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Spiritual reflection and prayer to start the day with the Rev Duncan MacLaren, Healthcare Chaplain at Ninewells Hospital, Dundee.

2 minutes

Last on

Mon 2 Jan 2017 05:43


Good morning.

On this day in 1873 a girl, Thérèse, was born.  She was the ninth child of a devout Catholic family.

At four years old, Thérèse lost her mother to cancer. Soon after, her father moved the family to Lisieux in Normandy.

Thérèse of Lisieux – Saint Thérèse - was a precocious child and, by her own admission, self-absorbed and over-sensitive.

In her fourteenth year, on Christmas eve, her father spoke roughly to her. On the verge of breaking down, she made a small resolution to resist self-pity. In this moment, as she later described it, "I felt... charity enter my heart; the need to forget myself, to make others happy.”

At fifteen she began life as a nun. Over the next decade she wrote prolifically, developing what she called her 'little way' – a spirituality rooted in actions small and hidden.

Far from climbing an ecclesiastical career ladder, her way was one of deliberate descent – seeking out obscurity. She was just 24 years old when tuberculosis claimed her life.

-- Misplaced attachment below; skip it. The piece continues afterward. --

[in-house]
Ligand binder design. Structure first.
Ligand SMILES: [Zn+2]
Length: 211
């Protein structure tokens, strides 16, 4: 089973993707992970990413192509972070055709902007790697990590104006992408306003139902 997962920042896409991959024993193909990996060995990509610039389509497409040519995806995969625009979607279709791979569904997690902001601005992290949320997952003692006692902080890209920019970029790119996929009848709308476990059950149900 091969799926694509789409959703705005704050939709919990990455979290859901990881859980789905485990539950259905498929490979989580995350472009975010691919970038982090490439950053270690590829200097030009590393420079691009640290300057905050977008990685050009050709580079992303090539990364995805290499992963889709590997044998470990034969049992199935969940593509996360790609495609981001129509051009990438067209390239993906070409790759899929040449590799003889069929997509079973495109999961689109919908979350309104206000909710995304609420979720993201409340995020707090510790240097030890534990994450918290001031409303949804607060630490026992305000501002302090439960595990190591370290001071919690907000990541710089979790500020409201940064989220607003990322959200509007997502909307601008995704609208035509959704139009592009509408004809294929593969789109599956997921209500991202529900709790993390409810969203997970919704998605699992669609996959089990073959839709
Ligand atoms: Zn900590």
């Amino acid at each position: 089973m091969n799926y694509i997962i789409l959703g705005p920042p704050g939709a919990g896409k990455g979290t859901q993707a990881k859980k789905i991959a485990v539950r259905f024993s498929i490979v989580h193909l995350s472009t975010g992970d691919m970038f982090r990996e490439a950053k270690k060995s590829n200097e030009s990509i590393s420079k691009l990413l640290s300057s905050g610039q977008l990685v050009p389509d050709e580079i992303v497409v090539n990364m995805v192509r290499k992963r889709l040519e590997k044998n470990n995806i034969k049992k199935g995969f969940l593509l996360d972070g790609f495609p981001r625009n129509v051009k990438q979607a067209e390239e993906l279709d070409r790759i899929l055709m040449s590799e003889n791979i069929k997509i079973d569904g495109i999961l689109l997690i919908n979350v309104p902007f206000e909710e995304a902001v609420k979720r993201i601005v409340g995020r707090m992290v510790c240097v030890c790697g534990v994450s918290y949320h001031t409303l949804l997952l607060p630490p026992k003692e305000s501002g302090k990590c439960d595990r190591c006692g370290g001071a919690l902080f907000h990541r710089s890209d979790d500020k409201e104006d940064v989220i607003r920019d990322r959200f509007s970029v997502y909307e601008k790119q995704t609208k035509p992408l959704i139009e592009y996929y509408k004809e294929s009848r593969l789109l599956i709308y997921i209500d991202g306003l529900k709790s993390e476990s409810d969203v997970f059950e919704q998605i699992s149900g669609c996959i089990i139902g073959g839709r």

But far from gaining obscurity, Thérèse's fame grew quickly; partly on account of the beguiling photographs taken of her by her sister Céline .

But it was also her message of simplicity that spoke to a generation entering the shadow of the First World War. Just sixteen years after her death, the Pope set her on the road to Canonization. Today she remains one of the most warmly regarded saints.

Perhaps she speaks to us because we, too, crave simplicity. In a world fraught with conflict, and driven by technology, Thérèse offers us a child-like spirituality of single-minded love.

So I pray: help us to pay attention to the deepest desires of our hearts, and amidst the busyness and complexity of life, find a still centre, and the will to love. Amen.